There was a time when I viewed working in a bookstore as just a good side job. I started working in a bookstore at the now-defunct BookCourt in Brooklyn. It had its perks: it was within walking distance from my apartment, there was a Starbucks next door, and it was the sort of work that made me feel smart. I was in my mid-20s, often drifting around to different jobs. Bookseller was a job right out of a 1990s rom-com: smart, hip, discerning.

But it wasn’t long before I realized that there is a lot more soul to bookselling than there is to your standard retail gig. People approached me with deep longings, casual impulses, a need for a particular distraction, and then they would seek counsel: “I’m going to the beach with a bunch of lit snobs, can you find me something that’s fun but also well written?”; “I’m travelling to Turkey, do you have any novels set in Istanbul?”; “I just broke up with my partner, and I need a good cry.”

And so on. I felt less like a retail worker and more like a bartender, or perhaps a fortune-teller. The store regularly held reading events that included free wine handed out in little plastic cocktail cups, so sometimes I even played actual bartender.

Maybe it was the wood shelves, or the old, lumpy couches inviting people to sit and sample the wares. Maybe it was all that paper absorbing the noise, maximizing coziness. Maybe it was the free wine. But as time wore on, those four walls felt less like a store and more like a warm communal hall. As an employee, I gave customers my time, attention, and advice—but astoundingly, I found they also gave the same back to me.

Julia, an author who ran the local Sackett Street Writers Workshop and hosted readings at our store, gave me discounts on classes and later blurbed my novel. Emma, once a coworker and now a bestselling author with her own wonderful store, Books Are Magic, gave me writing tips and recommendation letters. Tim, a local environmental lawyer and fixture at all the store’s reading events, personally helped my husband and I move into our first apartment together in Queens.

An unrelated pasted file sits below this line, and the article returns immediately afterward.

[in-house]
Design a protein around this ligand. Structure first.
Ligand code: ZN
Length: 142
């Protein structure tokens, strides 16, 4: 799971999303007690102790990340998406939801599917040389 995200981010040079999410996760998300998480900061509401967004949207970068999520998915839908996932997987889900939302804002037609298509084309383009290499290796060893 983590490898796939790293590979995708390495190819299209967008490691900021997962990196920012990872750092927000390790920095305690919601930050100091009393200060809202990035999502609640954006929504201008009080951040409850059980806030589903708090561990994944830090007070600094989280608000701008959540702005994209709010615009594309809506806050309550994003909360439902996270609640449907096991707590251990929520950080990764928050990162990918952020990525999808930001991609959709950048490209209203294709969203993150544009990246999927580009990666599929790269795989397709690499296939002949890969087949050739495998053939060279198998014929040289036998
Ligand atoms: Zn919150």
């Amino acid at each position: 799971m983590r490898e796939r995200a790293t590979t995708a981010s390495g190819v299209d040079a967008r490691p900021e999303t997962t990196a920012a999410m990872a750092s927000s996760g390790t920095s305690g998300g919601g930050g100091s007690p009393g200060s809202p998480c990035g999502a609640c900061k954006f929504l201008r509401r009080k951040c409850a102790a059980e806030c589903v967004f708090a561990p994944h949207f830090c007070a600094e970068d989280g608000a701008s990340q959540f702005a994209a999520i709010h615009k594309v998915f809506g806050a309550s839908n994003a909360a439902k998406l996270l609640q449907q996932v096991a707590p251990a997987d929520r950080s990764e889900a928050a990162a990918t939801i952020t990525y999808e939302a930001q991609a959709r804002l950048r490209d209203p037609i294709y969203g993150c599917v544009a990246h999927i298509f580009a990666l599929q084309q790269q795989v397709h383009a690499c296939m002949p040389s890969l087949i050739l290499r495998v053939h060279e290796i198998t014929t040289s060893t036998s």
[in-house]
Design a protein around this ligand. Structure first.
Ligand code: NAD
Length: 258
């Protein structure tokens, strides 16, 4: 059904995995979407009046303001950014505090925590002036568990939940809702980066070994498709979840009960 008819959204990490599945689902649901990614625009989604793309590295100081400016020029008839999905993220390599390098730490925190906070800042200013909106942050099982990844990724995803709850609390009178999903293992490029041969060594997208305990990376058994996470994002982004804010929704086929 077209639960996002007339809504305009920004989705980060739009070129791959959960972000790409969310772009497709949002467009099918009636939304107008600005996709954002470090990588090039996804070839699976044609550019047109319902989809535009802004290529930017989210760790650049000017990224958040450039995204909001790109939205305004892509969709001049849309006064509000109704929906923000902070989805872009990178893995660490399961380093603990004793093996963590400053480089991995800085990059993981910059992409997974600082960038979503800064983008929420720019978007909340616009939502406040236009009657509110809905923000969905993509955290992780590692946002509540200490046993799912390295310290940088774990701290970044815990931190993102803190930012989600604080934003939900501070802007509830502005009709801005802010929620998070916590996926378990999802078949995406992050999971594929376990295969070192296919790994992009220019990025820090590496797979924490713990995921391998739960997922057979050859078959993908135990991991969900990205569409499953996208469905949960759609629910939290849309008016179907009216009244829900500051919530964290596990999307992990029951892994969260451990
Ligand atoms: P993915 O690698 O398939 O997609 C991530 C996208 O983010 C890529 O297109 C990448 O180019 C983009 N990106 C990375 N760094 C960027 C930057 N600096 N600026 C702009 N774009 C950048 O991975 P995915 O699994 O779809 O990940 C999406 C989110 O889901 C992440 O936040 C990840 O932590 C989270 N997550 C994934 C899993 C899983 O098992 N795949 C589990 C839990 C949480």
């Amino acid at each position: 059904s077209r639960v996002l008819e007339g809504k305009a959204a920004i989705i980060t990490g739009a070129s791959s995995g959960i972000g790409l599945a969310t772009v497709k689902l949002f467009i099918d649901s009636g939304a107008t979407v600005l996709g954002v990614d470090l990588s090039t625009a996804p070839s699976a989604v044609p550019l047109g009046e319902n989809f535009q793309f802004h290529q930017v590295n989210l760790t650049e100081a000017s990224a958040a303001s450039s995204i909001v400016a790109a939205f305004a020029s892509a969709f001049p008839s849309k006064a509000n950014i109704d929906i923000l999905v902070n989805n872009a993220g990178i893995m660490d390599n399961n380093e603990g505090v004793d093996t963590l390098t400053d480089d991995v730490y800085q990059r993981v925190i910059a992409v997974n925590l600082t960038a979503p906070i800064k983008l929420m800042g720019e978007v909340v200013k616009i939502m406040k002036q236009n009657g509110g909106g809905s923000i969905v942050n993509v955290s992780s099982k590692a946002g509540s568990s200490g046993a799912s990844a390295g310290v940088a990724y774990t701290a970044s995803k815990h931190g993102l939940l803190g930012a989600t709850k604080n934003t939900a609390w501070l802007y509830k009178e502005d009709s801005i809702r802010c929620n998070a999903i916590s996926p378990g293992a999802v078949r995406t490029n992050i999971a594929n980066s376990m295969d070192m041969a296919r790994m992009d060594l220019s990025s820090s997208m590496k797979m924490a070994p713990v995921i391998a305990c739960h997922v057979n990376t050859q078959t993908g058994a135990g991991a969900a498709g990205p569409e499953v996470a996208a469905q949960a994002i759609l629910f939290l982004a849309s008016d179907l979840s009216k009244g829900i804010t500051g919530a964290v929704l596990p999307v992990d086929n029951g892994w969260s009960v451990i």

Now we live in Long Island, and I work at Sag Harbor Books. Covid is in full swing; we’re not allowed to gather for readings like we used to, but the feeling of community is still strong. People still approach, now in masks, and ask for counsel, their questions similar to, and different from, what they were before: “I haven’t been able to read much since the pandemic started, do you have something that will soothe me?”; “I know it makes no sense, but I can’t get enough of apocalypse stories. What can you recommend?”; “My kids are bouncing off the walls from being stuck inside, do you have anything that will hold their attention?”

And then there are the people who walk into the store with no questions, just hushed awe. They look around with tears brimming in their eyes and say, “It’s been so long since I’ve been in a bookstore.”

This is what I mean about bookstores not really fitting the definition of retail anymore. You don’t get that kind of reverence at a T.J. Maxx.

When one store doesn’t have a book, we’re always happy to recommend another one down the road. When a store is facing hard times (a sad fact of lockdowns), we do what we can to spread the word. Stores praise each other to their customers. Bookselling is the least cutthroat business I’ve ever seen. We hope that rising tides will raise all boats, and in the lonely world of small businesses, those of us who think of ourselves as part of a community are the ones most likely to survive.

Technically, bookselling is still a side job for me; I am a writer first. But it is so much more. My own debut novel, The World Gives Way, will be coming out in June, and the owners of Sag Harbor Books were some of the first to congratulate me and share in my excitement. They’ve already arranged for preorders on the store’s website. My coworkers have been taking turns reading galleys, as have friends at neighboring bookstores. Releasing a book to the public can leave one feeling vulnerable, and these friends are a warm blanket insulating me from the scary stuff. They cheer me on.

We cheer each other on.

Marissa Levien is the author of 'The World Gives Way,' due June 15 from Orbit.